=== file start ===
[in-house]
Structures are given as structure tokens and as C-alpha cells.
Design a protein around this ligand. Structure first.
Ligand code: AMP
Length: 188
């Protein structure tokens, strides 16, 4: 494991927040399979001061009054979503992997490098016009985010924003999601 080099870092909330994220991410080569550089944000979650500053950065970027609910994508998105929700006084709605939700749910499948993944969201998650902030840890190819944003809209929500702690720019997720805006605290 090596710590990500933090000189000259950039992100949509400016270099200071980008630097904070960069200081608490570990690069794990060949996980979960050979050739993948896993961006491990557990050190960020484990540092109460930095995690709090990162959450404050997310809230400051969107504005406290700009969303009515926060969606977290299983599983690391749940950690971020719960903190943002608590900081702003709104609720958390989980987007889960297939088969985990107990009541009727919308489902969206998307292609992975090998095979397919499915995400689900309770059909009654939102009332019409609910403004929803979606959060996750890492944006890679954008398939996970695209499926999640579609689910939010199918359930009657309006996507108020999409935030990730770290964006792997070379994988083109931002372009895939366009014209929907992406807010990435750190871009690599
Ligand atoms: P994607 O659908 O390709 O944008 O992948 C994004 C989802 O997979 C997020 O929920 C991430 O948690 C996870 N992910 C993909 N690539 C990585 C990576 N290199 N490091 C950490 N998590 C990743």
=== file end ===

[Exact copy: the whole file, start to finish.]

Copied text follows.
[in-house]
Structures are given as structure tokens and as C-alpha cells.
Design a protein around this ligand. Structure first.
Ligand code: AMP
Length: 188
């Protein structure tokens, strides 16, 4: 494991927040399979001061009054979503992997490098016009985010924003999601 080099870092909330994220991410080569550089944000979650500053950065970027609910994508998105929700006084709605939700749910499948993944969201998650902030840890190819944003809209929500702690720019997720805006605290 090596710590990500933090000189000259950039992100949509400016270099200071980008630097904070960069200081608490570990690069794990060949996980979960050979050739993948896993961006491990557990050190960020484990540092109460930095995690709090990162959450404050997310809230400051969107504005406290700009969303009515926060969606977290299983599983690391749940950690971020719960903190943002608590900081702003709104609720958390989980987007889960297939088969985990107990009541009727919308489902969206998307292609992975090998095979397919499915995400689900309770059909009654939102009332019409609910403004929803979606959060996750890492944006890679954008398939996970695209499926999640579609689910939010199918359930009657309006996507108020999409935030990730770290964006792997070379994988083109931002372009895939366009014209929907992406807010990435750190871009690599
Ligand atoms: P994607 O659908 O390709 O944008 O992948 C994004 C989802 O997979 C997020 O929920 C991430 O948690 C996870 N992910 C993909 N690539 C990585 C990576 N290199 N490091 C950490 N998590 C990743």